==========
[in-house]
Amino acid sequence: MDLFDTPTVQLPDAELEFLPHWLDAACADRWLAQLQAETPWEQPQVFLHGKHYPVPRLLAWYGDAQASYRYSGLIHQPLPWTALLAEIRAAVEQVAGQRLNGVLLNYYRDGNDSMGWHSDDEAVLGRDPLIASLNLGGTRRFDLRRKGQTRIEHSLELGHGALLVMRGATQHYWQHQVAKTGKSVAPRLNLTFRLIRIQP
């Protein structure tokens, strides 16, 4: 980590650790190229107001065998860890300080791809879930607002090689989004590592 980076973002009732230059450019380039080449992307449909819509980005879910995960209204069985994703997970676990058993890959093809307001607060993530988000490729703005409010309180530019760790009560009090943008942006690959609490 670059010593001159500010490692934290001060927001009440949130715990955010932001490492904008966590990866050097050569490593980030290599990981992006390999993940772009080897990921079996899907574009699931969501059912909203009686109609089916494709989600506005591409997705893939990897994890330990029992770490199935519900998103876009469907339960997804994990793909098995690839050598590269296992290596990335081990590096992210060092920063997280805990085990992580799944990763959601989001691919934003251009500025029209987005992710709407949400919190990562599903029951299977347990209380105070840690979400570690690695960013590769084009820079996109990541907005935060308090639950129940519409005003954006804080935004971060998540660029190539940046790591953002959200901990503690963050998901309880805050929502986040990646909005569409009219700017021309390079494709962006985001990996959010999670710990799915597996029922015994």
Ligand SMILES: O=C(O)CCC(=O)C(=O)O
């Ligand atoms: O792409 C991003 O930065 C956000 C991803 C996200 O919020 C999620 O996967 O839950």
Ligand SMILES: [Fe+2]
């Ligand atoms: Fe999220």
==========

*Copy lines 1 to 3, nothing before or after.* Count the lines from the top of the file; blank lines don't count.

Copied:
[in-house]
Amino acid sequence: MDLFDTPTVQLPDAELEFLPHWLDAACADRWLAQLQAETPWEQPQVFLHGKHYPVPRLLAWYGDAQASYRYSGLIHQPLPWTALLAEIRAAVEQVAGQRLNGVLLNYYRDGNDSMGWHSDDEAVLGRDPLIASLNLGGTRRFDLRRKGQTRIEHSLELGHGALLVMRGATQHYWQHQVAKTGKSVAPRLNLTFRLIRIQP
């Protein structure tokens, strides 16, 4: 980590650790190229107001065998860890300080791809879930607002090689989004590592 980076973002009732230059450019380039080449992307449909819509980005879910995960209204069985994703997970676990058993890959093809307001607060993530988000490729703005409010309180530019760790009560009090943008942006690959609490 670059010593001159500010490692934290001060927001009440949130715990955010932001490492904008966590990866050097050569490593980030290599990981992006390999993940772009080897990921079996899907574009699931969501059912909203009686109609089916494709989600506005591409997705893939990897994890330990029992770490199935519900998103876009469907339960997804994990793909098995690839050598590269296992290596990335081990590096992210060092920063997280805990085990992580799944990763959601989001691919934003251009500025029209987005992710709407949400919190990562599903029951299977347990209380105070840690979400570690690695960013590769084009820079996109990541907005935060308090639950129940519409005003954006804080935004971060998540660029190539940046790591953002959200901990503690963050998901309880805050929502986040990646909005569409009219700017021309390079494709962006985001990996959010999670710990799915597996029922015994």